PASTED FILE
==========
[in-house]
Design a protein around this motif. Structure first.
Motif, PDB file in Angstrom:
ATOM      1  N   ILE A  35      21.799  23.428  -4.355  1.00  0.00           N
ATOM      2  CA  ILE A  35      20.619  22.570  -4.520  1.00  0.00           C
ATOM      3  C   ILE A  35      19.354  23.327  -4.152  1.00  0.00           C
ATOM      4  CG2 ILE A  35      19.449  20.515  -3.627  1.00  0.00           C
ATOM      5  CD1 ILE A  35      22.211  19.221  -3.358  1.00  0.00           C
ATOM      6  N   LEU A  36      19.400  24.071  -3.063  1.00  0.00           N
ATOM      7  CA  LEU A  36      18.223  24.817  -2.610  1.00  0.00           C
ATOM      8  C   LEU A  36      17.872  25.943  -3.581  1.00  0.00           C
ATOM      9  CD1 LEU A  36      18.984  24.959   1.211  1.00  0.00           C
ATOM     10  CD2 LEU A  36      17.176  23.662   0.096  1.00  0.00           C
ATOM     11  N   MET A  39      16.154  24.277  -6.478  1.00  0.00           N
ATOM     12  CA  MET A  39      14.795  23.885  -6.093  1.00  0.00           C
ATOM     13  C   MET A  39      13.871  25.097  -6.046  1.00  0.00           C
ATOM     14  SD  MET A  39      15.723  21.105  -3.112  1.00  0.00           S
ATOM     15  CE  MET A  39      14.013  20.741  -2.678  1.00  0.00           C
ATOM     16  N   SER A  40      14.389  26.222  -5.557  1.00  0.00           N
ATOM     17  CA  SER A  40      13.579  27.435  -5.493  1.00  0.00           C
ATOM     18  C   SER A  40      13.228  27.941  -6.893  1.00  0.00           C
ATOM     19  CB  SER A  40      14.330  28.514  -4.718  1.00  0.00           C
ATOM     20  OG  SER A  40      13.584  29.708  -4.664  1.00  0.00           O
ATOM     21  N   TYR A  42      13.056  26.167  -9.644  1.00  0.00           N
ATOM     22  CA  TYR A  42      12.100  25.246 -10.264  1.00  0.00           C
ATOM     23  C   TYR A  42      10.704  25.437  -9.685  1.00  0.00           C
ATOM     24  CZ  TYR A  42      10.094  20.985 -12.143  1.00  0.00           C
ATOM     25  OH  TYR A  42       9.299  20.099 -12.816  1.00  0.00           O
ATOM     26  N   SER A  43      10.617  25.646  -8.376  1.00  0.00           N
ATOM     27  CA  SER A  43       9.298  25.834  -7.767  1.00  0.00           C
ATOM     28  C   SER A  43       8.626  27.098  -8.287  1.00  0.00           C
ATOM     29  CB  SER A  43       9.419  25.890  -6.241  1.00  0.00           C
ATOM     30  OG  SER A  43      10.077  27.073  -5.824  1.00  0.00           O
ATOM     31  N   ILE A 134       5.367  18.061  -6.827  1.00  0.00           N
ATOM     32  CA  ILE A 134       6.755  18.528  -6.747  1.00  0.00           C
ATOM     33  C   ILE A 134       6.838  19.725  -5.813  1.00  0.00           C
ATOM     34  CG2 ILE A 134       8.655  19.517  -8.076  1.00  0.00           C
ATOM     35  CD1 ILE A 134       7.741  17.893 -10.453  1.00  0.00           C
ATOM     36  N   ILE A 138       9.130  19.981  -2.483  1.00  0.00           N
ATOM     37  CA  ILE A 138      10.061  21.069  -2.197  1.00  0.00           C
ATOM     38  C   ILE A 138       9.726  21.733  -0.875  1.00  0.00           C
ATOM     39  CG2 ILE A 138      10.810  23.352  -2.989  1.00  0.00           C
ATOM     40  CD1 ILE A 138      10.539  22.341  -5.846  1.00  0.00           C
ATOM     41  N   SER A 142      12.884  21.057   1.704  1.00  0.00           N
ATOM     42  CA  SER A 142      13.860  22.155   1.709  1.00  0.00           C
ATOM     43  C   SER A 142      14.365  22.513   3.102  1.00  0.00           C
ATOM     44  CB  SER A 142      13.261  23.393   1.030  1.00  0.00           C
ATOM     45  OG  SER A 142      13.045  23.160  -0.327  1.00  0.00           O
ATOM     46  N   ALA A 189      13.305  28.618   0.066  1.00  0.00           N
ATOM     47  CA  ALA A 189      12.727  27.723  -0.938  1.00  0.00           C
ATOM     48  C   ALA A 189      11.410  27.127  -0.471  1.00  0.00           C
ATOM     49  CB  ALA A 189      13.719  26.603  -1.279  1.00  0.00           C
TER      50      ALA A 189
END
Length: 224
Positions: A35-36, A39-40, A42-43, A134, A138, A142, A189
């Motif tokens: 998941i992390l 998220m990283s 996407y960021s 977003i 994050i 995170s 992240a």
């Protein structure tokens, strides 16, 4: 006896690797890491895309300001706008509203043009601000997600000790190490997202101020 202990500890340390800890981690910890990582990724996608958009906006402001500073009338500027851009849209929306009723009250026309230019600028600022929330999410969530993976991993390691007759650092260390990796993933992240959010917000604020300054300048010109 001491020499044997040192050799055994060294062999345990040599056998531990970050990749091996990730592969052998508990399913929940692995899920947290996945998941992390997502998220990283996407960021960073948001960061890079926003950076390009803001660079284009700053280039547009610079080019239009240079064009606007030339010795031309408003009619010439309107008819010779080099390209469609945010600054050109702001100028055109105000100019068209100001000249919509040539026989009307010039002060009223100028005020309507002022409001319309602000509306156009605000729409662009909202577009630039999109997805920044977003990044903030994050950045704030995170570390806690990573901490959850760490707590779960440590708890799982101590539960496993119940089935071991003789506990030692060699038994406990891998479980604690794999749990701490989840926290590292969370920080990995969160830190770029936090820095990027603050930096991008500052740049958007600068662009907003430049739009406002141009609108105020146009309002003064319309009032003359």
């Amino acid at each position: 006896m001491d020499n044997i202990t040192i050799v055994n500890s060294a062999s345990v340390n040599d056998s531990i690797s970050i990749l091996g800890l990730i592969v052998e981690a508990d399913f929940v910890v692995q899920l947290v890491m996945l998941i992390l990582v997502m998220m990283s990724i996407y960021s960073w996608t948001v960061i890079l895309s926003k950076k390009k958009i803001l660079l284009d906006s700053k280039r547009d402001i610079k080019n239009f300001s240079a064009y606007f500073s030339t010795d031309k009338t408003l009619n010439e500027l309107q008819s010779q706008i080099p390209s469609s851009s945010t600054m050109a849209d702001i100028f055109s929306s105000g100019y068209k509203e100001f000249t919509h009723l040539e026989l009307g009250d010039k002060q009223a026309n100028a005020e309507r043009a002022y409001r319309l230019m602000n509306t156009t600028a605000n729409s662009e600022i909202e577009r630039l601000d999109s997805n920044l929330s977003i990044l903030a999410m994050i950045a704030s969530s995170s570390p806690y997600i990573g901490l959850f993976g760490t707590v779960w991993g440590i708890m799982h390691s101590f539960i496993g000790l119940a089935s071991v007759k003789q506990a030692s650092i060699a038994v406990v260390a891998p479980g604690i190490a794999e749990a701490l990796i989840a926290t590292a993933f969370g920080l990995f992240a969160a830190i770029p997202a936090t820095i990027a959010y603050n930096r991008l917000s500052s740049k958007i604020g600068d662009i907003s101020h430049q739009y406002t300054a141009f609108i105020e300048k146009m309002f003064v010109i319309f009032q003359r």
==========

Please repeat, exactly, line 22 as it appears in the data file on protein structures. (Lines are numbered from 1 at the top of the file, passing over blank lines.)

ATOM     19  CB  SER A  40      14.330  28.514  -4.718  1.00  0.00           C